Windscreen Condensation.

Have you noticed that your windscreen is fogging up more than it used to? It may just be something unavoidable, or it could be something much worse.

First and foremost, water vapour in the atmosphere which occurs when your body heats the air inside the car – as does your breath – increases the amount of moisture it can hold. This means when it comes into contact with your windscreen (or glass) it cools and condenses, forming a mist. Simple. Nothing to worry about; it’s science at work. There are several tips (or hacks as they’re commonly referred to on social media) on how to prevent this such as:

  • Use the heater efficiently. Start the heater off cold, then slowly increase the temperature as the air dries out, rather than overloading the cabin with hot, ‘wet’ air.
  • Open one of the windows as you wait for the condensation to clear. The idea is that you’re not raising the temperature inside the cabin which will slow the process [of clearing] down.
  • Coat the inside of the glass with a recognised water repellent which will help prevent condensation.
  • Keep the windows clean. Keeping your windscreen clean will go a long way to stopping it misting up in the first place.

If you still experience excessive condensation, you could be looking at a much bigger problem.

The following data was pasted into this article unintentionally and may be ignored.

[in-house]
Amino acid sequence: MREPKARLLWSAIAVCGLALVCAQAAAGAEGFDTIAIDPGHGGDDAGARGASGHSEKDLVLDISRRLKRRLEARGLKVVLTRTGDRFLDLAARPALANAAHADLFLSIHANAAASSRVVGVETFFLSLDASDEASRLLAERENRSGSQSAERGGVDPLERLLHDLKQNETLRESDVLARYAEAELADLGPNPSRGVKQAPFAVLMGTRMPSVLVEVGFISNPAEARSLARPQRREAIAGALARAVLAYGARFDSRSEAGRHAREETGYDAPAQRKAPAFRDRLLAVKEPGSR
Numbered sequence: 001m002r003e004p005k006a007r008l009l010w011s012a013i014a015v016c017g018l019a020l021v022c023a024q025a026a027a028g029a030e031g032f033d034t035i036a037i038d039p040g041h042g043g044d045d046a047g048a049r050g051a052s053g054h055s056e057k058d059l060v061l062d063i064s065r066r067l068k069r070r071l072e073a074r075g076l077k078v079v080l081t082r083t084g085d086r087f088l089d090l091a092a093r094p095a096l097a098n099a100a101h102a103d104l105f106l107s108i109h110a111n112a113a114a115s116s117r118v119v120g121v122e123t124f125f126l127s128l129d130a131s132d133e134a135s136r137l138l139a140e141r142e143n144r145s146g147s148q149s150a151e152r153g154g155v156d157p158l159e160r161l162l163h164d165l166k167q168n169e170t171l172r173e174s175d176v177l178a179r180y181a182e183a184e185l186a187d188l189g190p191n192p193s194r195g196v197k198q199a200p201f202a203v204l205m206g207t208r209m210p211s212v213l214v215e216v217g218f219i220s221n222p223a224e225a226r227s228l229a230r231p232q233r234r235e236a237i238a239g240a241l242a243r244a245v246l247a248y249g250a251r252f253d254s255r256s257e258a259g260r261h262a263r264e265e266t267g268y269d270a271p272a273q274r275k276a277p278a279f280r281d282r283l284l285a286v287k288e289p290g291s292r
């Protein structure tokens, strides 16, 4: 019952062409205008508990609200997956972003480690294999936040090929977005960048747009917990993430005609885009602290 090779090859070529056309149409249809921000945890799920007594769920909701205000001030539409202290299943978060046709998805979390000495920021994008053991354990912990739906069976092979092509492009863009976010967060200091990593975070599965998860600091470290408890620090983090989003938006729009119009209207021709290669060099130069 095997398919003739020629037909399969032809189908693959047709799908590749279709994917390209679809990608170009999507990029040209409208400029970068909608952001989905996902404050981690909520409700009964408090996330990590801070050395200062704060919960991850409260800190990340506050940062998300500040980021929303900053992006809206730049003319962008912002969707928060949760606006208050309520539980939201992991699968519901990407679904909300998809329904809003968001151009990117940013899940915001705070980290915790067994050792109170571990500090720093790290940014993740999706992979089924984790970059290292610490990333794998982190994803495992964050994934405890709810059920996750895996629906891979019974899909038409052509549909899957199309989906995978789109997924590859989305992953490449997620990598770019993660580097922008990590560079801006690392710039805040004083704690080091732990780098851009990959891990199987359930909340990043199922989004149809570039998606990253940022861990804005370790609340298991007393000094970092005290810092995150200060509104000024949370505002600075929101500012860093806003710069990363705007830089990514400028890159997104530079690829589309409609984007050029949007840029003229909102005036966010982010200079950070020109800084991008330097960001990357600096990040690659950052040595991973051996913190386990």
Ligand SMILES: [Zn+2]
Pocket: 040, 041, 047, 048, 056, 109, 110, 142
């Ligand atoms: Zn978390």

It is still worthwhile noting that glass will mist up more in cold or wet weather. During the colder months the car windows might take slightly longer to clear; even longer so if it’s raining. However if you find that the windows continue to mist up to the point that the water droplets become bigger and more visible, the car is battling a water problem.

Where is the water coming from?

If you’re not bringing the water in on your clothes, or have left a door, tailgate or window open to allow the carpet to soak up rain, something could be leaking. The most obvious culprit usually is the windscreen. Next in line could be the sunroof (if the car has one) or the sunroof drainage; next in line: doors (drainage in the door) or the door membrane (between the door card and door. Some cars will develop a heater matrix leak and is much harder to detect.

Whatever the cause is, get it looked at as a matter of urgency. Driving a car with windows misting up is dangerous as well as illegal. You might argue the fine or even pay it if you’re happy to throw up to £1,000.00 down the drain, but crashing the car will cost you much more. Injuring or killing someone (because you didn’t see them in time) is unforgivable and it is not something most people can live with.

Always clear all windows before setting off.

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